Cinematic Releases: The Next Right Thing: Frozen II (2019) - Reviewed

If Disney’s 2013 hit animated feature, Frozen, was Princess Anna’s (Kristen Bell) journey to discover that love is greater than fear and that it isn’t always exactly as one imagines it, then its sequel Frozen II is Queen Elsa’s (Idina Menzel) journey through identity crisis, grief, and self-acceptance. The sisters are complex among Disney royals, their stories peppered with losses and discoveries, delusions and hard truths. They begin Frozen II with a strong bond, united through memories of their deceased parents and six years living a happy, if stilted, sameness in the peace of their kingdom of Arendelle. But Elsa still feels the tug of a spiritual world she doesn’t quite understand how she’s a part of, and awakens a group of elemental spirits connected to her mysterious magic that the sisters thought were only parts of the fairy stories and lullabies of their youth. They and their companions must travel north, following an irresistible voice only Elsa can hear, when these spirits wreak havoc on Arendelle and threaten to destroy it unless the wrongs of the past can be righted.

In a lushly animated enchanted forest, shrouded from the rest of the world by a magical misty boundary, the united group of companions begins to crack and divide. There is a magnificent allegory presented here, as Elsa – whose magic has always made her feel afraid and “othered”, since she neither understands its source nor realizes just how powerful she really is – tries to grapple with questions of her purpose, and whether or not she’s really where she ought to be in life. Elsa has questions only the magic of the forest can answer, and even though Anna loves her sister more than anyone in the world, she doesn’t really understand why Elsa is hurting so badly and why she must strike out on her own. Feeling abandoned, while trying to hold onto faith, Anna must learn to simply “do the next right thing”, putting one foot in front of the other when she fears she’s lost her sister forever to her own grief.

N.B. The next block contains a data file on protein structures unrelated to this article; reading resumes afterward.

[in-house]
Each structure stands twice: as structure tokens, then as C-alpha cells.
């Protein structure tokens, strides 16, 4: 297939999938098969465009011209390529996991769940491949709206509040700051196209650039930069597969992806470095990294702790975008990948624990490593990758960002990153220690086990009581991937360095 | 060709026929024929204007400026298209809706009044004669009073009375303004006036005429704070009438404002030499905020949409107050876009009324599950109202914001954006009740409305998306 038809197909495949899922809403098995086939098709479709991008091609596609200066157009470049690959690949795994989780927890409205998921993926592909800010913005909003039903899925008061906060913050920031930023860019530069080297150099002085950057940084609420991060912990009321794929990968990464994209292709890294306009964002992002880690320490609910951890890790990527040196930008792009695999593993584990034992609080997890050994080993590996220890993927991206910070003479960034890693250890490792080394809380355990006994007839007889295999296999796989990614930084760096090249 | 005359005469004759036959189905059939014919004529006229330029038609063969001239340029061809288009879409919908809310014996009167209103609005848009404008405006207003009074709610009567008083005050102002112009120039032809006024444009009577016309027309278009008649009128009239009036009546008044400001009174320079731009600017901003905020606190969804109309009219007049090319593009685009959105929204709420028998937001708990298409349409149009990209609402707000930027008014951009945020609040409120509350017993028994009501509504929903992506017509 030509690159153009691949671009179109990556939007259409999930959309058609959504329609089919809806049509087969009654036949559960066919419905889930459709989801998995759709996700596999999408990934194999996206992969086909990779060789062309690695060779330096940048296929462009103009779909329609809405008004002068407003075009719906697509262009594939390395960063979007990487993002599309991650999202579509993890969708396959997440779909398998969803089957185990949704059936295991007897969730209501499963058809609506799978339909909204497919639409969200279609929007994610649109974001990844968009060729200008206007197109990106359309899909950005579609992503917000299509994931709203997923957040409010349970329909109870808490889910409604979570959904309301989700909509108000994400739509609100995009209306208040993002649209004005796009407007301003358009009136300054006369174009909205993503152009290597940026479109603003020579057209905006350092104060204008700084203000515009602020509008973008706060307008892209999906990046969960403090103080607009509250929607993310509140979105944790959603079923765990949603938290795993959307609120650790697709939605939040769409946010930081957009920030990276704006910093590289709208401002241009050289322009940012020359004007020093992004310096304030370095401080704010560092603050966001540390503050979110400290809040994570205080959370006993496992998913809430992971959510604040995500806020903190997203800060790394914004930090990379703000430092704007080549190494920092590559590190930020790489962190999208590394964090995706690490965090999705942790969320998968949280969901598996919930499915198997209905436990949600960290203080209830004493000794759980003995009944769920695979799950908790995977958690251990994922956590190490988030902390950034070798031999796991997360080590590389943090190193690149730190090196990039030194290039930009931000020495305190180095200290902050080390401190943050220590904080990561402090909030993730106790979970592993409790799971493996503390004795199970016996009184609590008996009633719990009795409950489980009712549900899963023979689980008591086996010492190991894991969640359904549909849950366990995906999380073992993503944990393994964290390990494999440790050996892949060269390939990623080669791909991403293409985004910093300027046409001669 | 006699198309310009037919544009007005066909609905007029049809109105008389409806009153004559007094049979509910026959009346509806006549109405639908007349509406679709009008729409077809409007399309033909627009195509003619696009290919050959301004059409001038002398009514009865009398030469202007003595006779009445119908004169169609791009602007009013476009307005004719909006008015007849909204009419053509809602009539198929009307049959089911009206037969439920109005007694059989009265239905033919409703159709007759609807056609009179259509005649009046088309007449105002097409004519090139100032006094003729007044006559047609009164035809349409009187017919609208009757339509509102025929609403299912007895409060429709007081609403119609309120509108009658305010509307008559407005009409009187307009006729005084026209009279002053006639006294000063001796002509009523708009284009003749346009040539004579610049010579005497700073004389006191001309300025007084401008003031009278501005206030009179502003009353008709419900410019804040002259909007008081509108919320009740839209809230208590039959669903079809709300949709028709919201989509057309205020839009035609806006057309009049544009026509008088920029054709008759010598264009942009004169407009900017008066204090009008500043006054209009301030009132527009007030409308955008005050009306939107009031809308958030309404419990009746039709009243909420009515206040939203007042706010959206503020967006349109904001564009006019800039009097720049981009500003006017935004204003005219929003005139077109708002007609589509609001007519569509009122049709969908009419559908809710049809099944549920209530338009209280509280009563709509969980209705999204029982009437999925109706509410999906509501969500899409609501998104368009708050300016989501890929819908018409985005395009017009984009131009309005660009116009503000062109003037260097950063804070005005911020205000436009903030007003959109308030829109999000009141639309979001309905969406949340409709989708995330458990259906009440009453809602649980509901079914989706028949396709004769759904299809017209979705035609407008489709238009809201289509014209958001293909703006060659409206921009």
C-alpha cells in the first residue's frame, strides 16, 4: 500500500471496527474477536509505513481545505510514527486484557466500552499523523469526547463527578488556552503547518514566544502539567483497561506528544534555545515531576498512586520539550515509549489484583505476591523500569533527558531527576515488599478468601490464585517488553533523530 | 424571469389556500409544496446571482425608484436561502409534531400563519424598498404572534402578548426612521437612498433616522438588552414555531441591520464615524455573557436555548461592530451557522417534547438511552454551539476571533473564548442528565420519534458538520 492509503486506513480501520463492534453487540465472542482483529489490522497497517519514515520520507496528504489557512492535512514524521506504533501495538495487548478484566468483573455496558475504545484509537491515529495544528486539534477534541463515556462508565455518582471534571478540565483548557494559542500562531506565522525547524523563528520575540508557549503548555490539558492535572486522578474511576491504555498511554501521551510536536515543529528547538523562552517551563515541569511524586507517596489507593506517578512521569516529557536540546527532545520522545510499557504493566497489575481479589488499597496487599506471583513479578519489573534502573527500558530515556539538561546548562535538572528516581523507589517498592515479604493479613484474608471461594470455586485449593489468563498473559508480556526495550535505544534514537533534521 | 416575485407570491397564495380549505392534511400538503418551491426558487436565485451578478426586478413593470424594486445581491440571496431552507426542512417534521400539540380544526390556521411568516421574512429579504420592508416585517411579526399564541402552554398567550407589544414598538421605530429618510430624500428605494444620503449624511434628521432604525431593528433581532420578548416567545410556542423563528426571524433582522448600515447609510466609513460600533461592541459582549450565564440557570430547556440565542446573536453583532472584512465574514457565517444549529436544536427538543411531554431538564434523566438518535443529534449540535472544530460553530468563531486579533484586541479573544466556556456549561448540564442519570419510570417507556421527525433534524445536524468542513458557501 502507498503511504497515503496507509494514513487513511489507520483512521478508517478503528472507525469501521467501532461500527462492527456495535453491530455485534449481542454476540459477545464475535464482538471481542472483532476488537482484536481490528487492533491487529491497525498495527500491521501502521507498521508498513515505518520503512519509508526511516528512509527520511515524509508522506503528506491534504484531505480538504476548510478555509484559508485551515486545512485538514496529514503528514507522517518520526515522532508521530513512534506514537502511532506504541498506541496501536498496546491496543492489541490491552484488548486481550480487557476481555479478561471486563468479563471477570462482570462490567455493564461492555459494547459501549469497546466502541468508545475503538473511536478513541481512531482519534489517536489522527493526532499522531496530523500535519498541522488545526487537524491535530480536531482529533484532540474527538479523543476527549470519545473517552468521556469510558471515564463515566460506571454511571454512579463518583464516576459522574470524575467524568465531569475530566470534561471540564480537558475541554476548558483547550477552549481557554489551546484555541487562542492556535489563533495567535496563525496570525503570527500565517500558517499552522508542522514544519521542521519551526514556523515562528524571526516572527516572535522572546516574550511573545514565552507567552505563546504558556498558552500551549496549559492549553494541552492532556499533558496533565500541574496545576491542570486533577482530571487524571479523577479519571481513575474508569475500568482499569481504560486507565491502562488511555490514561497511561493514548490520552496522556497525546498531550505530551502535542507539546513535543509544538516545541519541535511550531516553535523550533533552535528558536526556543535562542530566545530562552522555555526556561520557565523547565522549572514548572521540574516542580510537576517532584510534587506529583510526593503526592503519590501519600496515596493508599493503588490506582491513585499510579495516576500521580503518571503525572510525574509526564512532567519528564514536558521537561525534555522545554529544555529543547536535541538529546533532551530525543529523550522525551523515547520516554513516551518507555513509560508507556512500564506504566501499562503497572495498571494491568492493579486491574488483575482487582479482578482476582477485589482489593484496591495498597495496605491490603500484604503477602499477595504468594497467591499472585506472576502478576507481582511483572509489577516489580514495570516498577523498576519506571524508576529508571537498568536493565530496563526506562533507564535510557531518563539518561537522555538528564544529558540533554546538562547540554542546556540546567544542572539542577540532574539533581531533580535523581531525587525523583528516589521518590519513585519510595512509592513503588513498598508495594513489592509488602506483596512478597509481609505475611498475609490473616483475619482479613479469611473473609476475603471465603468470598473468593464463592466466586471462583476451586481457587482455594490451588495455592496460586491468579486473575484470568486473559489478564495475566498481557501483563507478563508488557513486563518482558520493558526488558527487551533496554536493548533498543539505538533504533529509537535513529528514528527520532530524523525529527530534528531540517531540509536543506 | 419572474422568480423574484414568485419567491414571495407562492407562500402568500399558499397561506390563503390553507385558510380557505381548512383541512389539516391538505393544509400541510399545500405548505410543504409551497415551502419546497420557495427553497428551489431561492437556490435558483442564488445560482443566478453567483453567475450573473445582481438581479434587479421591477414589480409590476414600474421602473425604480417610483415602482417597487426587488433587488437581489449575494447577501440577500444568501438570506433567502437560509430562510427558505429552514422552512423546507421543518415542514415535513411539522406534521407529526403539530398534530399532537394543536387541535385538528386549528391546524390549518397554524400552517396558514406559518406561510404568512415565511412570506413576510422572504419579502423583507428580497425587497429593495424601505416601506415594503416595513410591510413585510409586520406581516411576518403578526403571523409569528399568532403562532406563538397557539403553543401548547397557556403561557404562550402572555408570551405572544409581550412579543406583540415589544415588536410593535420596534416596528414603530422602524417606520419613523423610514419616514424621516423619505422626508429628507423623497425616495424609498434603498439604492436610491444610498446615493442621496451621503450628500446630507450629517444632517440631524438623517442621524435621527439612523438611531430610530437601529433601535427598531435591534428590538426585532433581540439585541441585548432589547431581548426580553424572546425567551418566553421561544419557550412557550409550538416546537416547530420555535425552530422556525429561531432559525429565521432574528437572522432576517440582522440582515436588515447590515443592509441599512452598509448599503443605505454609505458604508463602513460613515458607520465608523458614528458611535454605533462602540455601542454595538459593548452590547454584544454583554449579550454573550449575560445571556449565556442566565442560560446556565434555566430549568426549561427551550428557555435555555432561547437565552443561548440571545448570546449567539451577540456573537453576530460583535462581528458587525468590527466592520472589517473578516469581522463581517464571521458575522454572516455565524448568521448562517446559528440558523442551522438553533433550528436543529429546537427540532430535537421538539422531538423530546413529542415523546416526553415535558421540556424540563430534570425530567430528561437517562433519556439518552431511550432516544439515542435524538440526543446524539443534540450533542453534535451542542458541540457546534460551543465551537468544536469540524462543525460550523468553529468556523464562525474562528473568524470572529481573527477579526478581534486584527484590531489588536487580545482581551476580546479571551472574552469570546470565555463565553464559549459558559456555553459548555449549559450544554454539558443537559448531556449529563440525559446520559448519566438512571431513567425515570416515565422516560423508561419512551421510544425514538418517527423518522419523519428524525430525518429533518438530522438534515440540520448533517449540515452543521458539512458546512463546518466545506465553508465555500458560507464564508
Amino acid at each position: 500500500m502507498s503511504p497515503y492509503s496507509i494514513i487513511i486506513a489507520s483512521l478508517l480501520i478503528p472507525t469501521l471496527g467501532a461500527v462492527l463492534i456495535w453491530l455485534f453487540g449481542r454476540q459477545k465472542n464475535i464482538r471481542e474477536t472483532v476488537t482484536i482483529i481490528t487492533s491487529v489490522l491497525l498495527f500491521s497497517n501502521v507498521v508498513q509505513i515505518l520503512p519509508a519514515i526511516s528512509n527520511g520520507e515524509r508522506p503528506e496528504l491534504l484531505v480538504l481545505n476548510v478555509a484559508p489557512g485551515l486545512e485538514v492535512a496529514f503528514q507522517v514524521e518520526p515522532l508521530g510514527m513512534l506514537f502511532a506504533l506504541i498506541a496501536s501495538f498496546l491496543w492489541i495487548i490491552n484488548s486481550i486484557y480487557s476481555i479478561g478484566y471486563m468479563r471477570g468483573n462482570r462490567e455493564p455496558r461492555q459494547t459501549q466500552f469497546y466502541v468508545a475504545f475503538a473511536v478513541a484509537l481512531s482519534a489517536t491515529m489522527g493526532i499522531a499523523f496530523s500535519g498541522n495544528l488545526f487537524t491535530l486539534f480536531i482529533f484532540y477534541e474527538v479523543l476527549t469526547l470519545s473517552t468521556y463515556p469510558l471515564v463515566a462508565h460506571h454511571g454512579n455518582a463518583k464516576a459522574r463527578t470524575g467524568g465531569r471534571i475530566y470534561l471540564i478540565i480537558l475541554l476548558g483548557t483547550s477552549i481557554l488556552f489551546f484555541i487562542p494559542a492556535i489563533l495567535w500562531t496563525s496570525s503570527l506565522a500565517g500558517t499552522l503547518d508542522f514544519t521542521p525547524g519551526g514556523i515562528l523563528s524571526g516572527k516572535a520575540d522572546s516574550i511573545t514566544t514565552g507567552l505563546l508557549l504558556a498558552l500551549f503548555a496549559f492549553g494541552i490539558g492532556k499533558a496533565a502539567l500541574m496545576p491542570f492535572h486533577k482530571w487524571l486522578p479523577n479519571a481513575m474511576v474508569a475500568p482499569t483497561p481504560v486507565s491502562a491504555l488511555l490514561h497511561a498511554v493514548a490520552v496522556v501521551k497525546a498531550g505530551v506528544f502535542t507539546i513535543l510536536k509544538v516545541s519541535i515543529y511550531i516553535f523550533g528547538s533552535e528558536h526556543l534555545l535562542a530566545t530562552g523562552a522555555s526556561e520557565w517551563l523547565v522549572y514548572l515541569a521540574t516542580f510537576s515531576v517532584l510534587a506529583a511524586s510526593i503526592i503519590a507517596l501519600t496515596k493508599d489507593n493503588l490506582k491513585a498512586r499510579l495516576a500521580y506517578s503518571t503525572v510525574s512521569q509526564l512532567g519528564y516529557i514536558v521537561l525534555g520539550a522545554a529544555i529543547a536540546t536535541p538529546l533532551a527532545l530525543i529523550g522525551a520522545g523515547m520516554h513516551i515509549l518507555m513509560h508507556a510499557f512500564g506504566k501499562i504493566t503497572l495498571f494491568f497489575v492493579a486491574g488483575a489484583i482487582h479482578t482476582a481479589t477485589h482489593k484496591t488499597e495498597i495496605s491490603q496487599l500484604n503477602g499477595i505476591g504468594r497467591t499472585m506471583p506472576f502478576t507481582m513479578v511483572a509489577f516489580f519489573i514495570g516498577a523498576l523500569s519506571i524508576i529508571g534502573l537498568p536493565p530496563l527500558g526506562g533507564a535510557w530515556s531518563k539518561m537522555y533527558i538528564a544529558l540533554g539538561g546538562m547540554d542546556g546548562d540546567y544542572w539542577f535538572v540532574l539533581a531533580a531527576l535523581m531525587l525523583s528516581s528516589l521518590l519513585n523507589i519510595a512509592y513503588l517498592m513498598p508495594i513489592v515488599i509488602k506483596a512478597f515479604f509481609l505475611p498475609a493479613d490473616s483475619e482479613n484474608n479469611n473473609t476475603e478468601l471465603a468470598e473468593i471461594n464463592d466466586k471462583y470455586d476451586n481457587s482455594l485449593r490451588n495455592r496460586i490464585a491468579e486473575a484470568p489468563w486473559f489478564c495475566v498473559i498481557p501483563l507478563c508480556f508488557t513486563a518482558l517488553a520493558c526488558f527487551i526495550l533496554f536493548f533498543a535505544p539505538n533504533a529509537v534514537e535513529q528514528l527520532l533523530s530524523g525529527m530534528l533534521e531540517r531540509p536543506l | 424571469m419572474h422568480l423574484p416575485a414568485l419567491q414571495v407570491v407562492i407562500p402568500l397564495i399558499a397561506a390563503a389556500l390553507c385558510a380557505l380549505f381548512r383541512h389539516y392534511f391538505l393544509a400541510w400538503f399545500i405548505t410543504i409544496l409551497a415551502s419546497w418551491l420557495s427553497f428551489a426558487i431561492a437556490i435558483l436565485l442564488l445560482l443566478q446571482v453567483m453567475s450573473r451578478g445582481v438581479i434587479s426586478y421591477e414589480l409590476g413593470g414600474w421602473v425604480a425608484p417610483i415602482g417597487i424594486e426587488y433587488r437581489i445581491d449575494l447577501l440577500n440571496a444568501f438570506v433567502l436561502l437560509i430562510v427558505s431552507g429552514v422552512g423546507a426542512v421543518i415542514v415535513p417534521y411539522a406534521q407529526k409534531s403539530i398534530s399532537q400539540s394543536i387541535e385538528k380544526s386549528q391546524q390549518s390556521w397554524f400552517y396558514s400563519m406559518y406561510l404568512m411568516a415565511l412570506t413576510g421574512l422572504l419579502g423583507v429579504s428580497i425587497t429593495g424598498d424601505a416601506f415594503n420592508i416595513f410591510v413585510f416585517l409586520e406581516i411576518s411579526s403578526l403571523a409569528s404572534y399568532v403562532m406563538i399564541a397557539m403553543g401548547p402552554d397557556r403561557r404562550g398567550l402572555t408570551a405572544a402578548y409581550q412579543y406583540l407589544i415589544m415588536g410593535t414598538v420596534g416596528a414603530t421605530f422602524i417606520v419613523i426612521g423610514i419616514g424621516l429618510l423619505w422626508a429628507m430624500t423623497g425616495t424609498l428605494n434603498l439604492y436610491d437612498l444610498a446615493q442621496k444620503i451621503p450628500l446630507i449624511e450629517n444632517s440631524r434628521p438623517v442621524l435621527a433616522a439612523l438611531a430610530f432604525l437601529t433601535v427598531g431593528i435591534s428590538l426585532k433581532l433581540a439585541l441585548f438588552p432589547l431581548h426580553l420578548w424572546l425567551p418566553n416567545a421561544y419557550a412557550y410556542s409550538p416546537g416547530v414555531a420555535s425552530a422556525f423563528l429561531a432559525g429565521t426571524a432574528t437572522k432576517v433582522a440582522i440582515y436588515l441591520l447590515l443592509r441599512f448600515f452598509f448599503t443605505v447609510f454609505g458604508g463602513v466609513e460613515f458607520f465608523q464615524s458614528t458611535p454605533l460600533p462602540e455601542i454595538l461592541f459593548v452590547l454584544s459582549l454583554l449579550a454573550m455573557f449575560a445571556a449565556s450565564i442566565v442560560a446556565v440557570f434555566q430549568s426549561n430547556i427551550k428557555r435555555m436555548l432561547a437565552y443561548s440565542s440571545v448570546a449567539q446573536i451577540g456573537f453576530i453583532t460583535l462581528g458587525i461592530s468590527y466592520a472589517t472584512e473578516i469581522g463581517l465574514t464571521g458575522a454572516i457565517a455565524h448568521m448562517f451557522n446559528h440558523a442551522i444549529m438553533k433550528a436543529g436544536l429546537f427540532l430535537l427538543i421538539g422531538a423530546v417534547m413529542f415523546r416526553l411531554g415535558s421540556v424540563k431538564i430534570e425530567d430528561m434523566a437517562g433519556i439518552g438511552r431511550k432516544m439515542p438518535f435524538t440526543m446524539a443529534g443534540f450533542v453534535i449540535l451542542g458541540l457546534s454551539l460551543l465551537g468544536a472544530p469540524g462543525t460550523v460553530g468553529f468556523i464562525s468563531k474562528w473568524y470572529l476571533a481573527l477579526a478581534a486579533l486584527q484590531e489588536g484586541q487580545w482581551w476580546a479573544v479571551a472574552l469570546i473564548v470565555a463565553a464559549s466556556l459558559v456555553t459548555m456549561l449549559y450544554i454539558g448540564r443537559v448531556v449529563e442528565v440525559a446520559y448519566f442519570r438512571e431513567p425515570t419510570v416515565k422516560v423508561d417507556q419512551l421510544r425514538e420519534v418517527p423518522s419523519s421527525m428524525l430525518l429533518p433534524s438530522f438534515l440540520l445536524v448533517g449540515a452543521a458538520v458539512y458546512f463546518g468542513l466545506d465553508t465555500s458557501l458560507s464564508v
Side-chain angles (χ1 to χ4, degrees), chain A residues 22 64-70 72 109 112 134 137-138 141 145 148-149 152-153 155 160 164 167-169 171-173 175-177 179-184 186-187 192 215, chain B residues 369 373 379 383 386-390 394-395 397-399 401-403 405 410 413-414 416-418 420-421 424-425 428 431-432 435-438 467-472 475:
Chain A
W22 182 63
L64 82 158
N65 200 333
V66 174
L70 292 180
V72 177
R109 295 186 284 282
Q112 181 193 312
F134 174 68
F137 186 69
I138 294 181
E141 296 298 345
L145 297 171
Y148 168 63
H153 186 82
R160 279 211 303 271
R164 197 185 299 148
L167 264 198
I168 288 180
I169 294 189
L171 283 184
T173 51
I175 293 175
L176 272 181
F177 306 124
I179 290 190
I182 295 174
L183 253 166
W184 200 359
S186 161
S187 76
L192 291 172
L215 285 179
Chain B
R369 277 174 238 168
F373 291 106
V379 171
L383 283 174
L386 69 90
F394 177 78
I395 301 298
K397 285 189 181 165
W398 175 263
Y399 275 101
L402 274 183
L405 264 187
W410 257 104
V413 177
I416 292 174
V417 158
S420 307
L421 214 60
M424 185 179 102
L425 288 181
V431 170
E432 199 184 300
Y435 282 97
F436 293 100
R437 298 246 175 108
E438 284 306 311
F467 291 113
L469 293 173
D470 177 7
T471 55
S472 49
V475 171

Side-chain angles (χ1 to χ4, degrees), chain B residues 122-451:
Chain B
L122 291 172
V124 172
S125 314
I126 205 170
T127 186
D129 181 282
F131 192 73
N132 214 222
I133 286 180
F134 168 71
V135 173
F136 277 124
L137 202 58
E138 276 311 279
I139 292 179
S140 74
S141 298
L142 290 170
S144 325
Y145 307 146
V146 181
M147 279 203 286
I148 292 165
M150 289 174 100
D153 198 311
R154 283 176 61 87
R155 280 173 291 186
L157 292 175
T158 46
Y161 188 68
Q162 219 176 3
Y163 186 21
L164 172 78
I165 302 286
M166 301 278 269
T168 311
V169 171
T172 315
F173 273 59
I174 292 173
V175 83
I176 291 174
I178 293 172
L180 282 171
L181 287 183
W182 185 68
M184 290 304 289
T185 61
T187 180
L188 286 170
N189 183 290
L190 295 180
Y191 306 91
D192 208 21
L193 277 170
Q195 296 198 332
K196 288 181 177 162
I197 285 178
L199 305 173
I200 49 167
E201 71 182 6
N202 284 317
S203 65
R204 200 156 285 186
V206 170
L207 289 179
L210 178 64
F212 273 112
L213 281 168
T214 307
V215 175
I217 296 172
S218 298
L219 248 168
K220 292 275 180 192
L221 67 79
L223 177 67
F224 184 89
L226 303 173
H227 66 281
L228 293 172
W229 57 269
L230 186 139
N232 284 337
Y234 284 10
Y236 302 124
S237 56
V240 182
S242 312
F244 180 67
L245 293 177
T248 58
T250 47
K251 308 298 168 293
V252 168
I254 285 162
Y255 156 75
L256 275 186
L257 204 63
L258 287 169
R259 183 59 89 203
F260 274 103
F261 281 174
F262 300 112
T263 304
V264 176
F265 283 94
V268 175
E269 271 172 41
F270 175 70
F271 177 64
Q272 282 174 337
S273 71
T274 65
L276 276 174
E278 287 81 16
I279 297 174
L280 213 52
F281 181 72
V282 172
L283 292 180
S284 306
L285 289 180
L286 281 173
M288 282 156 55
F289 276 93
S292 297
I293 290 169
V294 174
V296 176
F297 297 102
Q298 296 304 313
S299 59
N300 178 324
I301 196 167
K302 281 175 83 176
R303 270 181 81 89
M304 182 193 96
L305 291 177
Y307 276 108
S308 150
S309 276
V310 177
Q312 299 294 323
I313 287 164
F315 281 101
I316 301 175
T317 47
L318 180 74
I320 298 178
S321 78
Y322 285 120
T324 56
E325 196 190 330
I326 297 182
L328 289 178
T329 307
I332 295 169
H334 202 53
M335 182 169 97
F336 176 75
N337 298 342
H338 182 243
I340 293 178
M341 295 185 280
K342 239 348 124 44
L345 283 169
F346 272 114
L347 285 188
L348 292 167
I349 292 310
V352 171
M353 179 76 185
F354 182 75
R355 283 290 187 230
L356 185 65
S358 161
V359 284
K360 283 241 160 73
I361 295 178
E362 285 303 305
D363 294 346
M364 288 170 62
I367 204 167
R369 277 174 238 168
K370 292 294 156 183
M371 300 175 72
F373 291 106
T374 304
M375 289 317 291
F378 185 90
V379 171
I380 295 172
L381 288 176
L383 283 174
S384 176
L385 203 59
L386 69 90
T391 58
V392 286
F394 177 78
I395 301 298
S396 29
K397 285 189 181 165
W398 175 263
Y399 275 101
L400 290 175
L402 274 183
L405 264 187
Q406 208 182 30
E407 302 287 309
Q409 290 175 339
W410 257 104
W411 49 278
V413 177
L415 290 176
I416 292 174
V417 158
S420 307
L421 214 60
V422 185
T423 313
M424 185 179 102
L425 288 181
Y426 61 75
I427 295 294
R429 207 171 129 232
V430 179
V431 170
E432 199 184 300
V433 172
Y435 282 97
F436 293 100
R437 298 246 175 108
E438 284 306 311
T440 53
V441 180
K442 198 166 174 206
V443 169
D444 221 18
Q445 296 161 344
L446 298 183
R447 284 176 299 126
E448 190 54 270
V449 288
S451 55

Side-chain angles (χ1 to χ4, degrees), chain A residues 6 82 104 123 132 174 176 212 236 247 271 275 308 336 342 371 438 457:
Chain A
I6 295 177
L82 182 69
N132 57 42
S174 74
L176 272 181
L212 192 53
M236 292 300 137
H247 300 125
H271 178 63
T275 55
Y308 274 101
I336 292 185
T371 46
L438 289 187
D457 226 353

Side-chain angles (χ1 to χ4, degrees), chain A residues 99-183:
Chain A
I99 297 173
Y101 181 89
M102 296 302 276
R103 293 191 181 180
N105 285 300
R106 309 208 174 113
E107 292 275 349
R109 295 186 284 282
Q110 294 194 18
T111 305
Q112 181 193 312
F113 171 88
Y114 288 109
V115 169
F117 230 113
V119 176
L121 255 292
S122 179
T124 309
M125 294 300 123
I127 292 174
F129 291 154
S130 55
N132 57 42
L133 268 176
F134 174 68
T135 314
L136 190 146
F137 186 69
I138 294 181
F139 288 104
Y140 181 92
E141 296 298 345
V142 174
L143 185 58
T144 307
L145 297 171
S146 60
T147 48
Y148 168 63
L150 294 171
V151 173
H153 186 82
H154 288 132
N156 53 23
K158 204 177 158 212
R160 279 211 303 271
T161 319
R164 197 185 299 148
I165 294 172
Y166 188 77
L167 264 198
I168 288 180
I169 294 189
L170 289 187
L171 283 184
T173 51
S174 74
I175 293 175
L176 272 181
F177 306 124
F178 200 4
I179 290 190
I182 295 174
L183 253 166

The comic relief – bumbling, but well-meaning, Kristof (Jonathan Groff) spends much of the film trying to find the perfect way to propose to Anna, even as he fears they are growing apart when Anna’s focus remains on keeping Elsa safe from herself. His heart is ever in the right place, but poor Kristof finds himself feeling lost, wondering if indeed, he is truly better off among the reindeer. The magically animated snowman, Olaf (Josh Gad), always so optimistic and full of wonder, doesn’t really fully understand much of what’s happening – but he is, as he always has been, a voice of comfort and hope for the princess as she struggles to find a way to mend a deep wrong her people committed in the distant past against the tribespeople who call the forest their home.

Frozen II, particularly compared to its predecessor, is a thoughtful film. It delves into the lore of its world in a way that respects its spiritual connections through Nature to the magic in ways that allow Elsa’s journey toward self-discovery feel authentic; she is not simply seeking the sources of her powers, but the reason the world chose to endow her with them in the first place. Much like a person struggling with depression, fearing their life has no implicit purpose, fearing their gifts as curses, isolating from those who try to reach through the darkness to love them – Elsa crosses the literal black waves of icy waters to find the spiritual center that welcomes her, and as Menzel belts out “Show Yourself”, we see the ice queen’s walls begin to shatter for good. Elsa’s pain freezes her where she stands, and alone among the Earth giants, her sister’s heart breaks as she believes Elsa has gone too far into her own spiral of despair. It isn’t until the truth breaks through the sadness and terror for both of the sisters that the mourning can be reconciled – a solemn, but astute, way of looking at the varying boundaries depression can create in people, and the strains it can place on even the closest of relationships.

This is a more serious study of Elsa and Anna – and, to a lesser extent, Olaf and Kristof – as characters than was the original film; it takes its time building both the mystical mysteries and the emotional beats that pile onto the core group of companions, and as a result, the denouement is all the more satisfying. There are periods of thoughtfulness here that didn’t exist as poignantly in Frozen, and there is a greater amount of insight into what drives both Anna and Elsa in their daily lives. As pressure builds, both inside the sisters and out in the world, for necessary change, the transformations each character makes before the film ends feel like they have been fully earned, even if a few of them seem to be a foregone conclusion relatively early on.

Beautifully animated and scored, Frozen II is a breathing and emotionally dynamic stepping stone for Disney. It is designed to allow these beloved characters to come home to themselves, and with careful, contemplative storytelling, it absolutely accomplishes this.

-Dana Culling